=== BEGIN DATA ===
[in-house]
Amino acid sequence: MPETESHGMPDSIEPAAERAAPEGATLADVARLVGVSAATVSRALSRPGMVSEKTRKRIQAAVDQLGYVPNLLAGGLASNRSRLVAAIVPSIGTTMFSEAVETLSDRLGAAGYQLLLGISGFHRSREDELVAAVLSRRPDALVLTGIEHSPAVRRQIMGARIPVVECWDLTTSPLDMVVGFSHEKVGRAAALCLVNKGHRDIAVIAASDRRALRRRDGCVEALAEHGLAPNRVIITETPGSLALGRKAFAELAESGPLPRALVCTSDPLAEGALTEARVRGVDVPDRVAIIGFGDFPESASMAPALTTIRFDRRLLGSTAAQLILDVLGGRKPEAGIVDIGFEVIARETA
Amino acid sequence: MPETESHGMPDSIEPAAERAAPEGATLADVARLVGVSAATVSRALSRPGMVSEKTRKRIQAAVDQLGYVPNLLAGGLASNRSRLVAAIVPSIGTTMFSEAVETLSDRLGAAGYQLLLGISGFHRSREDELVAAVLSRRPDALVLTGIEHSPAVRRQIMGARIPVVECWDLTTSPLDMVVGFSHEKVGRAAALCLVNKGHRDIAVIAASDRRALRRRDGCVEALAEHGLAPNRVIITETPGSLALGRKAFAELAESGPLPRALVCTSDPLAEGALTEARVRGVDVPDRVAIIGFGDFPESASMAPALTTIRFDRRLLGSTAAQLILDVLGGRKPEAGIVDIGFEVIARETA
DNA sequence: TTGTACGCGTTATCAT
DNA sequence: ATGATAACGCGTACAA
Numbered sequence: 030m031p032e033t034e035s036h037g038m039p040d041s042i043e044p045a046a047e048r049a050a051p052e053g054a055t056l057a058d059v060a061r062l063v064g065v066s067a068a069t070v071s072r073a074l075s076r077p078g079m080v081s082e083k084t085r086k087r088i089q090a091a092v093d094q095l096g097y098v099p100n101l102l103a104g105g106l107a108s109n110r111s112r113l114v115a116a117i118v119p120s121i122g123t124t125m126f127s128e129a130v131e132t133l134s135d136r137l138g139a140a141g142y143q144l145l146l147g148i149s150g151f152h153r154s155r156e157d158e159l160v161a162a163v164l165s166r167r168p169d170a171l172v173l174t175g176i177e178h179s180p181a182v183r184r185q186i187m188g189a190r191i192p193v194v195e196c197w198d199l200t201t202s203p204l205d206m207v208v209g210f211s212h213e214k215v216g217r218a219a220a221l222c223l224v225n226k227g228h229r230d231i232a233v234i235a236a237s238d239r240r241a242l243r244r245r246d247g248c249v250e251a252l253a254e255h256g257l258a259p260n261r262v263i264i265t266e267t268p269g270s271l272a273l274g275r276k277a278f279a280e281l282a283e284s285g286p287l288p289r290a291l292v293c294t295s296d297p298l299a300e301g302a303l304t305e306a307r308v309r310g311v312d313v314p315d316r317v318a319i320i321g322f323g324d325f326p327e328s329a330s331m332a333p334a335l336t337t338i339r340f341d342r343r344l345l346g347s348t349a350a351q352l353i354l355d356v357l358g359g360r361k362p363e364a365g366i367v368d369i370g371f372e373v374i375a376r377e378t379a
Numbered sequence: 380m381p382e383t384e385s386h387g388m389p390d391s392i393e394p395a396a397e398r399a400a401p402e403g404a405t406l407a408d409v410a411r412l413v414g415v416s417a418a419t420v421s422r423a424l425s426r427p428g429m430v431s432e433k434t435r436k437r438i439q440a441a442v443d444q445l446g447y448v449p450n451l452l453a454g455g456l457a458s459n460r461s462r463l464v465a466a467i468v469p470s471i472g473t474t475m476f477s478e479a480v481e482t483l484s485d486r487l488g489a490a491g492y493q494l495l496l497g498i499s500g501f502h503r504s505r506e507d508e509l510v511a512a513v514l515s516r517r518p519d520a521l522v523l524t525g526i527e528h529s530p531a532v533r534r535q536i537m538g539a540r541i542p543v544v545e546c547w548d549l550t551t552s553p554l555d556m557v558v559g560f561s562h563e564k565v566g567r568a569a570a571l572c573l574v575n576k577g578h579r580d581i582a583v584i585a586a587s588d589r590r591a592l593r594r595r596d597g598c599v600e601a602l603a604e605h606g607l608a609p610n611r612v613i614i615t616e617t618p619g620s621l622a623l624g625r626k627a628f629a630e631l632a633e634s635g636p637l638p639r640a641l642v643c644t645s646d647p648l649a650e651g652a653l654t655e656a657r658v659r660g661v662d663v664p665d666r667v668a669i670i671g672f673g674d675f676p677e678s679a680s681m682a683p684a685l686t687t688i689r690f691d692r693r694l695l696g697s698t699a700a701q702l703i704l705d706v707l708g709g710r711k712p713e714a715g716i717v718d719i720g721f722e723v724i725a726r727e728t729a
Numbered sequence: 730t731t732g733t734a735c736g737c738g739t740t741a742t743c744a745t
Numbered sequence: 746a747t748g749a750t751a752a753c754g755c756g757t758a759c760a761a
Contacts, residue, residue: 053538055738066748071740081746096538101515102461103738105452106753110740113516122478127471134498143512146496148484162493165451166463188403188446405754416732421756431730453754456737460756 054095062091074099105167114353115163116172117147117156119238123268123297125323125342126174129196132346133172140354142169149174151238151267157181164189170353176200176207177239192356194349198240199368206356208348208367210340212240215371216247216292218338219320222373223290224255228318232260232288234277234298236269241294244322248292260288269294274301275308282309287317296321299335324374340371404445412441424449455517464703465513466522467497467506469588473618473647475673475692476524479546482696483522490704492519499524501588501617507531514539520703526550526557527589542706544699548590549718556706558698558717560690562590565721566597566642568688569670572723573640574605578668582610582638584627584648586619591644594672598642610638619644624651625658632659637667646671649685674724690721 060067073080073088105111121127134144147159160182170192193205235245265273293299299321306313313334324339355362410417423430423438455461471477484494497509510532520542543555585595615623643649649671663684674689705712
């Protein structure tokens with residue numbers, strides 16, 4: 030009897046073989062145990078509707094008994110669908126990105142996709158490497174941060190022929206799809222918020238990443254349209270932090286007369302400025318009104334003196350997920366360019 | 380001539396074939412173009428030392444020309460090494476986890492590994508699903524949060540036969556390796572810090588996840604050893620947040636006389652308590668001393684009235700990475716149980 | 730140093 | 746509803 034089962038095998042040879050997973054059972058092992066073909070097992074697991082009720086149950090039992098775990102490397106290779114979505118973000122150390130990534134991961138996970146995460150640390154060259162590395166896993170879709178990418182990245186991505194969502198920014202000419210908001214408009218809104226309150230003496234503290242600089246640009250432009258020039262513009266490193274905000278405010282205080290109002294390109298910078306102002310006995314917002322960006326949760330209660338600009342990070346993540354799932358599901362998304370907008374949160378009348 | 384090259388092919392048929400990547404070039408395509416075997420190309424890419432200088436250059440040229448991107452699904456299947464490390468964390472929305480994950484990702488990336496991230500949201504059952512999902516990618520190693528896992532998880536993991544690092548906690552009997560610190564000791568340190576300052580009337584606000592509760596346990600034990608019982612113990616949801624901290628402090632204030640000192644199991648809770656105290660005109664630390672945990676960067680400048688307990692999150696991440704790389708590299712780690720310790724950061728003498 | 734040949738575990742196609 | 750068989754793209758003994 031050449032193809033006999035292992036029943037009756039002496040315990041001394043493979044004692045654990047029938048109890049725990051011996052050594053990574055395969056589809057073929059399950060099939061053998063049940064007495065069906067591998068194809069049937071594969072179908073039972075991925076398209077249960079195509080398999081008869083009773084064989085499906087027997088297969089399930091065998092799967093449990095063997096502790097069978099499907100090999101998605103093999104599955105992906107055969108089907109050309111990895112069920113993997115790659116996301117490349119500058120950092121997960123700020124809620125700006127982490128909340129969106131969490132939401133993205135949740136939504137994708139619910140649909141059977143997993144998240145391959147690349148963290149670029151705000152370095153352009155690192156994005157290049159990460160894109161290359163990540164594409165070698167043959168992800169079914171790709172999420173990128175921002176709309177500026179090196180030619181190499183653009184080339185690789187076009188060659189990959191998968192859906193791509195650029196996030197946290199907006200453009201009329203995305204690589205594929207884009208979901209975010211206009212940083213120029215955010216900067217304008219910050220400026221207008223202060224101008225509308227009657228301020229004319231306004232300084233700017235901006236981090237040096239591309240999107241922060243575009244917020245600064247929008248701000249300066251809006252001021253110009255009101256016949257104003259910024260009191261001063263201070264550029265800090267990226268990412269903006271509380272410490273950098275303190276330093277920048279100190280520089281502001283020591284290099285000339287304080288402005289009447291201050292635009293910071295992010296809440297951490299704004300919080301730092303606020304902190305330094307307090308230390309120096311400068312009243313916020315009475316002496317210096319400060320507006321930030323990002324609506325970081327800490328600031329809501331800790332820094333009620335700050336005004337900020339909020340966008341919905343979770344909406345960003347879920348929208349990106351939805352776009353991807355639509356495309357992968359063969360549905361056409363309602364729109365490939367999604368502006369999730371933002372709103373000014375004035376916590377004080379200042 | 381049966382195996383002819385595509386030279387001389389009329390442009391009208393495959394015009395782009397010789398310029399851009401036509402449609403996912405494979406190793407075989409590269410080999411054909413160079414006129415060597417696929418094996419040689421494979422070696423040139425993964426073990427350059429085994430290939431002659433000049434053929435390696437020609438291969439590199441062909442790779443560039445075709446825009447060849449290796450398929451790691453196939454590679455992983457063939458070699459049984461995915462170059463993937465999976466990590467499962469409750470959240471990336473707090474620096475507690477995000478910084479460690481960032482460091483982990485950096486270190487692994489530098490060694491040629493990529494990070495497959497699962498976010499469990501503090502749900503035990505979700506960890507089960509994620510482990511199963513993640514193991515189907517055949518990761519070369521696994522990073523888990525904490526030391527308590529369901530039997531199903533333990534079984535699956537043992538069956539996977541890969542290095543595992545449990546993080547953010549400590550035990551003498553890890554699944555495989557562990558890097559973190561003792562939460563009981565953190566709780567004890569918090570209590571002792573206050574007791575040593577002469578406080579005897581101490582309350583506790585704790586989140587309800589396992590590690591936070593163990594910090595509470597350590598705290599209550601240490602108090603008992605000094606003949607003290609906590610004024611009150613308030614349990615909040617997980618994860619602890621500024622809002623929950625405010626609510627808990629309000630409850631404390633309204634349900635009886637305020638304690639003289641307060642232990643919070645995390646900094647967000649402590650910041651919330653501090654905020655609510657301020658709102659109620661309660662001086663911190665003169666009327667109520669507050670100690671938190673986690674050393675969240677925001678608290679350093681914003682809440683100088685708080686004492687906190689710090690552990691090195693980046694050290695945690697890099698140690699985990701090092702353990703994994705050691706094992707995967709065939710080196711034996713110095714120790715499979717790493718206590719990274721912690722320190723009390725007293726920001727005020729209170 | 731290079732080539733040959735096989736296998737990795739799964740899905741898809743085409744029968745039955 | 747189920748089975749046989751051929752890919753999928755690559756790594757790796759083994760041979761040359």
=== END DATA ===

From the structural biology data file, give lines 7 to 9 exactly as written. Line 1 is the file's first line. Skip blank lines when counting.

Numbered sequence: 380m381p382e383t384e385s386h387g388m389p390d391s392i393e394p395a396a397e398r399a400a401p402e403g404a405t406l407a408d409v410a411r412l413v414g415v416s417a418a419t420v421s422r423a424l425s426r427p428g429m430v431s432e433k434t435r436k437r438i439q440a441a442v443d444q445l446g447y448v449p450n451l452l453a454g455g456l457a458s459n460r461s462r463l464v465a466a467i468v469p470s471i472g473t474t475m476f477s478e479a480v481e482t483l484s485d486r487l488g489a490a491g492y493q494l495l496l497g498i499s500g501f502h503r504s505r506e507d508e509l510v511a512a513v514l515s516r517r518p519d520a521l522v523l524t525g526i527e528h529s530p531a532v533r534r535q536i537m538g539a540r541i542p543v544v545e546c547w548d549l550t551t552s553p554l555d556m557v558v559g560f561s562h563e564k565v566g567r568a569a570a571l572c573l574v575n576k577g578h579r580d581i582a583v584i585a586a587s588d589r590r591a592l593r594r595r596d597g598c599v600e601a602l603a604e605h606g607l608a609p610n611r612v613i614i615t616e617t618p619g620s621l622a623l624g625r626k627a628f629a630e631l632a633e634s635g636p637l638p639r640a641l642v643c644t645s646d647p648l649a650e651g652a653l654t655e656a657r658v659r660g661v662d663v664p665d666r667v668a669i670i671g672f673g674d675f676p677e678s679a680s681m682a683p684a685l686t687t688i689r690f691d692r693r694l695l696g697s698t699a700a701q702l703i704l705d706v707l708g709g710r711k712p713e714a715g716i717v718d719i720g721f722e723v724i725a726r727e728t729a
Numbered sequence: 730t731t732g733t734a735c736g737c738g739t740t741a742t743c744a745t
Numbered sequence: 746a747t748g749a750t751a752a753c754g755c756g757t758a759c760a761a